“Therefore, I ask all the Church’s Pastors and the Christian faithful to receive this catechism in a spirit of communion and to use it assiduously in fulfilling their mission of proclaiming the faith and calling people to the Gospel life.”

      This catechism is given to them that it may be a sure and authentic reference text for teaching Catholic doctrine . .” [Apostolic Constitution Fidei Depositum].

      Is it too much to hope that there are plenty of clerics and lay who joyfully obey this Apostolic Instruction. Or, are they only a very few, reminiscent of John 1:9-12: “The Word was the true light that enlightens every person . . . yet, on coming to His own domain, His own people did not accept Him. But He gave power to become children of God to all who did accept Him . . .”

      The readings at Holy Mass today are from Colossians 3 and Luke 6: God gives specific and challenging directions to us faithful. Do those who organize Synods pay any attention to what The Holy Spirit has said over and over again in our liturgies? Or, are they either deaf to it or bored by it?

      Let’s pray, Edward, that they are not planning to ignore what The Holy Spirit has already commanded, so as to allow some other spirit to give them easy alternatives?

      Everybody, take care; keep well. In the love of Jesus Christ; blessings from marty

  2. We read: “How are divergences of vision, or conflicts and difficulties addressed? What particular ISSUES in the Church and society do we need to pay more attention to?”

    FIRST, can’t help but wonder if this wedge will be used not only in Germania, but on some entire continents as code language—-for synodal and parliamentary-like “resolutions,” and word-game “consensus”—-to either overturn or SUSPEND Humanae Vitae? Of the moral norm, artfully forgetting that “The Church is no way the author or arbiter of this norm” (Veritatis Splendor, n. 95)?

    SECOND, wondering, too, if the likely READING LIST includes the “Theology of the Body” (and “Veritatis Splendor”) as necessary ingredients to the restoration of, say, “Conjugal Coherence” as well as “Eucharistic Coherence”? That is, including a more-than-perfunctory tilt toward broadly informed and non-contraceptive Natural Family Planning?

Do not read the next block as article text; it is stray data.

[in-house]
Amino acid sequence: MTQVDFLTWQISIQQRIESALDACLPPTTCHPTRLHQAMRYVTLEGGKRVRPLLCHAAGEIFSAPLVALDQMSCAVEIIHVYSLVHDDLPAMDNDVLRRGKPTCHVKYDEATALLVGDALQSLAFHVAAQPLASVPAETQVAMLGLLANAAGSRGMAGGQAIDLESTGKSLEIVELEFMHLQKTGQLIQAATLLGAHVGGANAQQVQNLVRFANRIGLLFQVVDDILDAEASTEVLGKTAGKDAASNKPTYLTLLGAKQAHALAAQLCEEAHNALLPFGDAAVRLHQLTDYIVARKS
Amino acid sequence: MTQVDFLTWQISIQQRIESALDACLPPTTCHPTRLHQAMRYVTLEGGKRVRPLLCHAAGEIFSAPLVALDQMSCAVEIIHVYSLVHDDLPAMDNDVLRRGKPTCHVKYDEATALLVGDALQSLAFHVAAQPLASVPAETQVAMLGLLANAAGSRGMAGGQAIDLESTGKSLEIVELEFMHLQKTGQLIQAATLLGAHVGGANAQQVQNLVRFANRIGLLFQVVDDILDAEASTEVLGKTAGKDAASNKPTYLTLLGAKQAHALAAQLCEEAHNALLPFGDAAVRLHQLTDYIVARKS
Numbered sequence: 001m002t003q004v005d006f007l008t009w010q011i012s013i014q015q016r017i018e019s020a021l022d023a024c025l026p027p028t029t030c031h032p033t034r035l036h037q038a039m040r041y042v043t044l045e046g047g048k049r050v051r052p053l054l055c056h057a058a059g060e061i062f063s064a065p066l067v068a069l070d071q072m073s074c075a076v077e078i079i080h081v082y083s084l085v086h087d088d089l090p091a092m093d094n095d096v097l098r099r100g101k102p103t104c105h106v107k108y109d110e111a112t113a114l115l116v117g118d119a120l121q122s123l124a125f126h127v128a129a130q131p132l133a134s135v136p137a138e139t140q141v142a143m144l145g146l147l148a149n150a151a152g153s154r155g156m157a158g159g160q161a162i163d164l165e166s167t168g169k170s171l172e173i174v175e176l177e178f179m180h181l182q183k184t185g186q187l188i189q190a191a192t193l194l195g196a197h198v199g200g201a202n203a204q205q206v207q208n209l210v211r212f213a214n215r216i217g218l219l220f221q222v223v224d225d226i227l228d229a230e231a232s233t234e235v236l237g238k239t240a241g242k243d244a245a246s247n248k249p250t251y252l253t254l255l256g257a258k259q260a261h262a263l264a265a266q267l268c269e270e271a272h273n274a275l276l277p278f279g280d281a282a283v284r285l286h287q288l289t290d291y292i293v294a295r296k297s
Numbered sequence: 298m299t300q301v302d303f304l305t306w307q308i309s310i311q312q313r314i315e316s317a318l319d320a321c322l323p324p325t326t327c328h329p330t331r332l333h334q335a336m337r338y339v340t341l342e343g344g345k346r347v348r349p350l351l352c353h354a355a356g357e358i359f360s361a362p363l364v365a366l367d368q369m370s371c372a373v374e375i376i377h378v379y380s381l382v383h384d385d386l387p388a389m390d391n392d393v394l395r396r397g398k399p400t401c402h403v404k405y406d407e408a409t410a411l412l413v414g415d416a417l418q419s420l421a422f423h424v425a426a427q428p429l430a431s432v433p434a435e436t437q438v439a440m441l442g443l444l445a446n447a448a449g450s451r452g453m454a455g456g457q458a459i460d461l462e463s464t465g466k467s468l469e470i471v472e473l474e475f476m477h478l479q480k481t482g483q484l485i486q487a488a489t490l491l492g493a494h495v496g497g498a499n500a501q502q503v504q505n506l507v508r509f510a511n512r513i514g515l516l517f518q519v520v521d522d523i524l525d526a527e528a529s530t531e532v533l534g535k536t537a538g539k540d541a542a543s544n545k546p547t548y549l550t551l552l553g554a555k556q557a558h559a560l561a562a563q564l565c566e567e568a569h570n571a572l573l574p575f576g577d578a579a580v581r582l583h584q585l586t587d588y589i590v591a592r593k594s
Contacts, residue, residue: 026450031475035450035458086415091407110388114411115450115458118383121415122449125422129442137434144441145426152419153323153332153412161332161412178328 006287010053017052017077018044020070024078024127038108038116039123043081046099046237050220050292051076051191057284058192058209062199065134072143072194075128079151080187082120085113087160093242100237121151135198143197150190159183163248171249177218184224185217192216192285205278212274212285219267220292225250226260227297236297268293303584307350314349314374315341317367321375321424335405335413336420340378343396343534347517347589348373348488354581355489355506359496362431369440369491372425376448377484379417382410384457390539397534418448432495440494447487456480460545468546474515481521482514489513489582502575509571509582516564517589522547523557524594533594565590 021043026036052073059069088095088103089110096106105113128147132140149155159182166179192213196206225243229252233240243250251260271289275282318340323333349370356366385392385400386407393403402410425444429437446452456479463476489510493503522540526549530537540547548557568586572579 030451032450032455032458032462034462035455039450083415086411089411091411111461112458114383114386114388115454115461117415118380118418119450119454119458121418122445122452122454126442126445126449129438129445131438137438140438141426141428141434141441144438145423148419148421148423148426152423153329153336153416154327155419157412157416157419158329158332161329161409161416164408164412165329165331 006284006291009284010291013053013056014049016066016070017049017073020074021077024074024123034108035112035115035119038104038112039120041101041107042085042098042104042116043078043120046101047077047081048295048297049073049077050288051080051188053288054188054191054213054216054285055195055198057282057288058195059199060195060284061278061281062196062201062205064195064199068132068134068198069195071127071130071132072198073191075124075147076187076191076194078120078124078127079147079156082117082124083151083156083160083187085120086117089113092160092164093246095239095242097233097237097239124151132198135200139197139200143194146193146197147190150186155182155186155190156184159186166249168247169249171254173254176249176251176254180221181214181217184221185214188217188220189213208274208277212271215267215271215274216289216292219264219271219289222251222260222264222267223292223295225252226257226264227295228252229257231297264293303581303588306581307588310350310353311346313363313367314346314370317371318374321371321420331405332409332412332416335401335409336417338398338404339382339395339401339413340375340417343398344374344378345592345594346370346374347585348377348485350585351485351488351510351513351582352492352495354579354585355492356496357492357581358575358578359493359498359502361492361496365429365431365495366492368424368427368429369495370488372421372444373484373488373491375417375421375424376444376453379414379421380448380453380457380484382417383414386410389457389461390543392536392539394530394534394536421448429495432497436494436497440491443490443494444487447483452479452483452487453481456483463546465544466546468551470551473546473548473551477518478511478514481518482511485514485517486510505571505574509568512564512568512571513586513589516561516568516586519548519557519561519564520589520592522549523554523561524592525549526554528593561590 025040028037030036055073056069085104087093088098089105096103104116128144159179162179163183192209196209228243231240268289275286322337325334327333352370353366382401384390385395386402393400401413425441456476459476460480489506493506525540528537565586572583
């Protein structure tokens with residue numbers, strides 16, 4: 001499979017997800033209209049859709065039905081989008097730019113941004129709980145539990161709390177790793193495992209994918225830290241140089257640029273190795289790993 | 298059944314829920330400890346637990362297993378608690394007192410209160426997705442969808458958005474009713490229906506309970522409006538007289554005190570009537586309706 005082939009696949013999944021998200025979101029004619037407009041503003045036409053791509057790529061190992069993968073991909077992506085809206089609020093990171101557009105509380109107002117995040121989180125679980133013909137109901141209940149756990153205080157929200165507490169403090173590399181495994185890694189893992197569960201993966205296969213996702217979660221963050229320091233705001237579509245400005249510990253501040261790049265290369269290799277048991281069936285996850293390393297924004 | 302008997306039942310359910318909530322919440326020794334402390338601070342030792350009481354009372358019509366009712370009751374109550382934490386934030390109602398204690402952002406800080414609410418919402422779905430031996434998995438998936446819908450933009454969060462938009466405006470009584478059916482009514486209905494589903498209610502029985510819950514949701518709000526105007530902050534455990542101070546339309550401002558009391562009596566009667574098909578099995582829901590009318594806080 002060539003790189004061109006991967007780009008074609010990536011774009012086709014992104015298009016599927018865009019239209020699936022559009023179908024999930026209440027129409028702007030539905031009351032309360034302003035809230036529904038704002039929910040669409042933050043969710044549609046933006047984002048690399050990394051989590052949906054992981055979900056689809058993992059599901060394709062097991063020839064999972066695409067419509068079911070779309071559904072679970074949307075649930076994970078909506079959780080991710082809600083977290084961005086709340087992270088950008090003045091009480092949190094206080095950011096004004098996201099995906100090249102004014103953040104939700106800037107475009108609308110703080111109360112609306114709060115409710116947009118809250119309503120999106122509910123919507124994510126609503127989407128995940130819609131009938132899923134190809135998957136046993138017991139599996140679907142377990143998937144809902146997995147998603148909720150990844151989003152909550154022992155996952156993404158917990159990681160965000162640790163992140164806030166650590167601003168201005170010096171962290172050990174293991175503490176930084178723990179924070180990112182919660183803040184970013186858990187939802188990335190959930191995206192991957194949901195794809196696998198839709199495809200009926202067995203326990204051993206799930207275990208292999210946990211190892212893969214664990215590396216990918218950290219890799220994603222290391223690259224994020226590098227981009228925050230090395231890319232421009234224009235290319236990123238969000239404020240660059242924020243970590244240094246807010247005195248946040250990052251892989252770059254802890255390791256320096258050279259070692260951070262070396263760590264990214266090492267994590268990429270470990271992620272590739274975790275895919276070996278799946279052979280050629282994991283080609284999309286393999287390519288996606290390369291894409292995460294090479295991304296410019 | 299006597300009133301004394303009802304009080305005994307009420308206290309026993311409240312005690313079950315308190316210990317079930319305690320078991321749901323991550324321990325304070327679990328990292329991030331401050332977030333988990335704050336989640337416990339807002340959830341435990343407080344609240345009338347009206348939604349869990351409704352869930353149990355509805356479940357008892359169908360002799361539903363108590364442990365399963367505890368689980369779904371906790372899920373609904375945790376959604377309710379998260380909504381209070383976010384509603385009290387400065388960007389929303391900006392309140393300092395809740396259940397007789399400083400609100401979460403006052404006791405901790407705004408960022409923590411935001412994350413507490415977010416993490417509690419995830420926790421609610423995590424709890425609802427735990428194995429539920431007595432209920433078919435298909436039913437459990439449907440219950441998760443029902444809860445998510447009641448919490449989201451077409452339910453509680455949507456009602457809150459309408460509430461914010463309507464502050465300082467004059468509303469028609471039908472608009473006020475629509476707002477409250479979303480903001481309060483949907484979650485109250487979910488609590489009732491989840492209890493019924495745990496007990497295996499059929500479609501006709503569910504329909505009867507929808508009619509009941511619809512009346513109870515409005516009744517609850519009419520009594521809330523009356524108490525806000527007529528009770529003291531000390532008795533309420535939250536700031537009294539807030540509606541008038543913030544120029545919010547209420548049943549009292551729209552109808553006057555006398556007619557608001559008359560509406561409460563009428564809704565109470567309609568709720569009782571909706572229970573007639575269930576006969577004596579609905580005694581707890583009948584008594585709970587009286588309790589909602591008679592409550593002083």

THIRD, both of the above, to clarify the recent CONFLATION of “integral humanism” (e.g., conjugal morality) and the crises of “human ecology” with the interrelated crises of “natural ecology”—-as the neologism “integral ecology”?

    FOURTH, I wonder, if we will begin to recognize the outcome foreseen already in 1968 by Pope Paul VI, when he warned: “WHO will stop rulers from favoring, from even imposing upon their peoples, if they were to consider it necessary, the method of contraception which they just to be most efficacious [….]” (Humanae Vitae, n. 17)?

    FIFTH, indeed, today we have the REAL “Seamless Garment:” contraception, plus abortion, plus the homosexual life style, plus gender theory, plus chemical abortions (Auschwitz miniaturized into a medicine cabinet?), plus oxymoronic gay “marriage,” plus all of the attendant intellectual sins, etc.—-All mandated by our rulers. (With the added insult that the incoherent emperor Biden is a cafeteria Catholic.)

    SIXTH, recalling, simply, that at the 1948 Lambeth Conference, opponents to the earlier ANGLICAN COMPROMISE (a consensus!) still had this to say:

    “it is, to say the least, suspicious that the age in which contraception has won its way is not one which has been conspicuously successful in managing its sexual life, Is it possible that, by claiming the right to manipulate his physical processes in this matter, man may, without knowing or intending it, be stepping over the boundary between the world of Christian marriage and what one might call the world of Aphrodite, the world of sterile eroticism…”

    Aphrodite, meet Pachamama! Pope Paul VI and Pole John Paul II, who are they?

    Instead, all the above with objective personal morality never actually denied, of course. But, by consensus, with a prominent cardinal’s “anthropological-cultural change” rendered “ADMISSIBLE”?

  3. “to plant dreams, draw forth prophecies and visions, allow hope to flourish, inspire trust, bind up wounds, weave together relationships, awaken a dawn of hope, learn from one another and create a bright resourcefulness that will enlighten minds, warm hearts, give strength to our hands”

    What a bunch of malarkey. Not a word about how Christ defined the Church. Not a word about ecclesiological dogma. Not a word about the Fathers of the Church. Just a free-wheeling “how do you feel” conversation as if we are starting the church from scratch. Doesn’t discernment begin with what God wants of us?

    Of course, I am sure all of the “prejudices and distorted practices” belong to orthodox Catholics. Count on it.